With the completion of the extension of the Kanawha Glen Jean & Eastern Railway (KGJ & E) between Mt. Hope to Pax in 1910, a link with the mainline of the Virginian Railway was achieved. The traveling public could now connect with mainlines trains of either the C&O Railway at Thurmond or the Virginian Railway at Pax. Making a connection with the Virginian Railway offered the traveler who wished to go to the Princeton or Bluefield area a distinct advantage. Traveling to Bluefield via the C&O to a connection with the N&W Railroad required a two-day trip, while the connection via the Virginian allowed the trip to be done in the same day.

During the 1910's and early 1920's the local coal industry continued to expand, a factor that enabled the town to continue to grow as well. In "Warner Town," located in the hills above the Mountainair Hotel, the sale of lots for the building of new homes began, not long after the Fire of 1910. Warner Town soon became home to scores of new families within a very short period of time. During future years, Warner Town would be annexed by Mt. Hope. As a result of the town's growth, in 1921 the legislature granted to Mount Hope a city charter. Not long afterwards, the community began using the motto still in use today, "The little city with the big welcome."

By the mid-1920's more than twenty coal companies had established offices in Mt. Hope. Including among the town's coal company was one of the most .influential coal companies in the state, the New River Company. Mt. Hope was the second largest community in the county during this time period, second only to Montgomery in terms of population. Although Mount Hope's population was never huge, the total population of the immediate area surround the town was impressive. The town's leaders boasted during the era that more than thirty-thousand persons lived within walking distance of Mt. Hope, among the numerous mining camps that existed around the city's boundaries. During the first two decades of the 20th Century, many different newspapers were published in Mt. Hope, including: The Mount Hope independent; The Mount Hope Leader; The Times; The Mount Hope Daily News; and The Fayette Republican.

The importance of the mining operations located in the Loup Creek Coal Field and other areas of the plateau regions during this era should not be underestimated. Although much has been written about the mining operations of the New River Gorge, by the early decades of the 1900's, the most productive coal mines of the area existed in the areas of the plateau. While the account of how the tiny town of Thurmond produced more freight than the city of Cincinnati has been repeated over and over, few writers have mentioned the fact that the bulk of the freight (coal) being shipped through Thurmond was coming from mines located along the Loup Creek Branch. In fact, 1/3 of all the coal being shipped east on the C&O mainline was coming off the Loup Creek Branch during the early years of 1900.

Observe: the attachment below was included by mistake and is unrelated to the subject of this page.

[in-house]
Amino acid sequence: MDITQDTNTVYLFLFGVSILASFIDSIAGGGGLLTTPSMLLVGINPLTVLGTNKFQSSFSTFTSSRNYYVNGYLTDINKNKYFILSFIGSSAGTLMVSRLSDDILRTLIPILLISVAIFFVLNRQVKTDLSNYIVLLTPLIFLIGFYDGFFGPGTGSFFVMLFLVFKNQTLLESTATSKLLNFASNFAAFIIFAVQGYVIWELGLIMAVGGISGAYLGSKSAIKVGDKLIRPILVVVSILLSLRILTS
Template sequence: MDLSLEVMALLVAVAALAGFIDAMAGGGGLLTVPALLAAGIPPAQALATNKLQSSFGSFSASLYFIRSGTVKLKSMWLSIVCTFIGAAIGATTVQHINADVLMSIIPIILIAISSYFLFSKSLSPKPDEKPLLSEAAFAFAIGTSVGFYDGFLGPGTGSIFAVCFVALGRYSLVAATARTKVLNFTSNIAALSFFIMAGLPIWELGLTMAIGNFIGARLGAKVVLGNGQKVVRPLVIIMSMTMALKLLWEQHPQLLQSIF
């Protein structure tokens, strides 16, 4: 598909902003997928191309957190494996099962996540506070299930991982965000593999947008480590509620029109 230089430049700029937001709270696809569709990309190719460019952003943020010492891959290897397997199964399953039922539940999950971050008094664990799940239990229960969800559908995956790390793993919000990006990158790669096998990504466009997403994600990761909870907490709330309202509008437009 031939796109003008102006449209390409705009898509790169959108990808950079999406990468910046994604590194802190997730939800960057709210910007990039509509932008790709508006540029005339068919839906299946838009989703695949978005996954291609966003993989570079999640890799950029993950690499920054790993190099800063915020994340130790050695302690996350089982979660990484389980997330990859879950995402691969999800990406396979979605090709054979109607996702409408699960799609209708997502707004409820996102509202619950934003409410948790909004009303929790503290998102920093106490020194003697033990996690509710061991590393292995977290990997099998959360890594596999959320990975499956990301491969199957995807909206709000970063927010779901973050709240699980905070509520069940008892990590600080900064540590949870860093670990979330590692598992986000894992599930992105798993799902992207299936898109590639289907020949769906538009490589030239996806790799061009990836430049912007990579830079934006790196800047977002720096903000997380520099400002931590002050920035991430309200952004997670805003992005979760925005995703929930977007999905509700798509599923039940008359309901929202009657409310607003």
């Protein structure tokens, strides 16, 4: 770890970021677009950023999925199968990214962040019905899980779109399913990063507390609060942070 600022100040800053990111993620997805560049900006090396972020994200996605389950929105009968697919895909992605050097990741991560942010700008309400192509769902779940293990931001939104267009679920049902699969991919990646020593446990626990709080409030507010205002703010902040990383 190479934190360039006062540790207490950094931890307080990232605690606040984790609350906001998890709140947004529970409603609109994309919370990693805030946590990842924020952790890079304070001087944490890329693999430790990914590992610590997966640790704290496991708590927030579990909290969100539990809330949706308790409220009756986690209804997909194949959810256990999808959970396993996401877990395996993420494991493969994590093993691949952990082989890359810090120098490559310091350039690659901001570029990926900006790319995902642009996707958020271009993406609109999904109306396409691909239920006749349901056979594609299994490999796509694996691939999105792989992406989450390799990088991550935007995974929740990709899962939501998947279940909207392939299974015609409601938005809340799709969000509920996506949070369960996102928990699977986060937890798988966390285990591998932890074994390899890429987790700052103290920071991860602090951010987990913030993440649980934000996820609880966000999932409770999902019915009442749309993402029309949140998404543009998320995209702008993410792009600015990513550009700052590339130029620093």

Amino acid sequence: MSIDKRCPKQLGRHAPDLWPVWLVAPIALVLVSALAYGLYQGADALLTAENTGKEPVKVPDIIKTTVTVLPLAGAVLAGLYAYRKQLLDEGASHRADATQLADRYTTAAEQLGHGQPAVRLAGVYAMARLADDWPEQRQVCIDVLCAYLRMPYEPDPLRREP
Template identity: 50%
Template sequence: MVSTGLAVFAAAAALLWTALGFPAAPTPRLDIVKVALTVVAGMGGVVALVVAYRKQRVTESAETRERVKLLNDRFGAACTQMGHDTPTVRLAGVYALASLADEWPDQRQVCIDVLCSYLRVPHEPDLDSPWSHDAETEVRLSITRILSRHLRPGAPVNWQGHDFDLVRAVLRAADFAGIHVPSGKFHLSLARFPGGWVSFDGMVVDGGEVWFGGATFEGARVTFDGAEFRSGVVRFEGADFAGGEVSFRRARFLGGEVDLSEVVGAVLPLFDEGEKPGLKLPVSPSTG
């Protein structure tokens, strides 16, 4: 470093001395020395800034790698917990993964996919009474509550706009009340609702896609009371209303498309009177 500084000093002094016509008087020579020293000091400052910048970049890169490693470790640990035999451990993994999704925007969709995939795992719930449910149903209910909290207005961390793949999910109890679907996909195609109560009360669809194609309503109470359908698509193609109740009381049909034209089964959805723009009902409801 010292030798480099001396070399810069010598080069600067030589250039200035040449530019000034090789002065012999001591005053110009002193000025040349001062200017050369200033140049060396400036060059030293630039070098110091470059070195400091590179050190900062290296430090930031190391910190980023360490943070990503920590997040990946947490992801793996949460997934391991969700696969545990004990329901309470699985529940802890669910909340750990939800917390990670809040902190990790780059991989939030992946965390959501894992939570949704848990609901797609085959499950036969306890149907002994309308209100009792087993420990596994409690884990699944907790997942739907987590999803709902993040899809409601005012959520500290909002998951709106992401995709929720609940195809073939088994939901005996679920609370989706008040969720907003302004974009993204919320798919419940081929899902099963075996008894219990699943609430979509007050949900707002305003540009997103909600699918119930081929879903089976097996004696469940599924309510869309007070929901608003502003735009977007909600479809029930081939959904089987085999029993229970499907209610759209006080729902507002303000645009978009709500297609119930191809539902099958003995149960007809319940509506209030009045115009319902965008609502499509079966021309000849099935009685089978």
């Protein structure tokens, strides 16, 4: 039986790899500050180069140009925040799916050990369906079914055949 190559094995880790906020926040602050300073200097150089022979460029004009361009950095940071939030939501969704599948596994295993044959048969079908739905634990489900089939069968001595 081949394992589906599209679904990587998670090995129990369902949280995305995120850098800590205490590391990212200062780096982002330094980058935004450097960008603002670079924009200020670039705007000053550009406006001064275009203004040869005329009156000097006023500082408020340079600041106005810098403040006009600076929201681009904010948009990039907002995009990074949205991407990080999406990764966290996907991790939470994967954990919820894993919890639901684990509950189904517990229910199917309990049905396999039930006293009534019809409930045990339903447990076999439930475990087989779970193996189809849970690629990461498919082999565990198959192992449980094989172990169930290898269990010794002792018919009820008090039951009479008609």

The peak of Mount Hope's influence and importance peaked by the end of the 1920's. The period of explosive boom was over, and with the start of the Great Depression the town, as well as the entire nation, began to feel the effects of an economy that had come to a screeching stop. Then, just as the nation seemed to be pulling out of the great economic downturn, the community was pulled, along with the entire nation, into World War II. By the end of the great war, the future of coal seemed to be greatly in doubt. The entire world, and everything in it seemed to have been changed forever. When the coal industry began to decline in the 1950's, mines began to close and the economies of most of the towns in coal counties of Southern West Virginia would never be the same. During the period of time between 1950 and 1960, the southern counties lost about one-third of their population, as people were forced to move out of the area to find work. As the world entered the decade of the 1960's, coal seemed to be something quite out of date, during the days when man was literally reaching towards the moon, and the stars.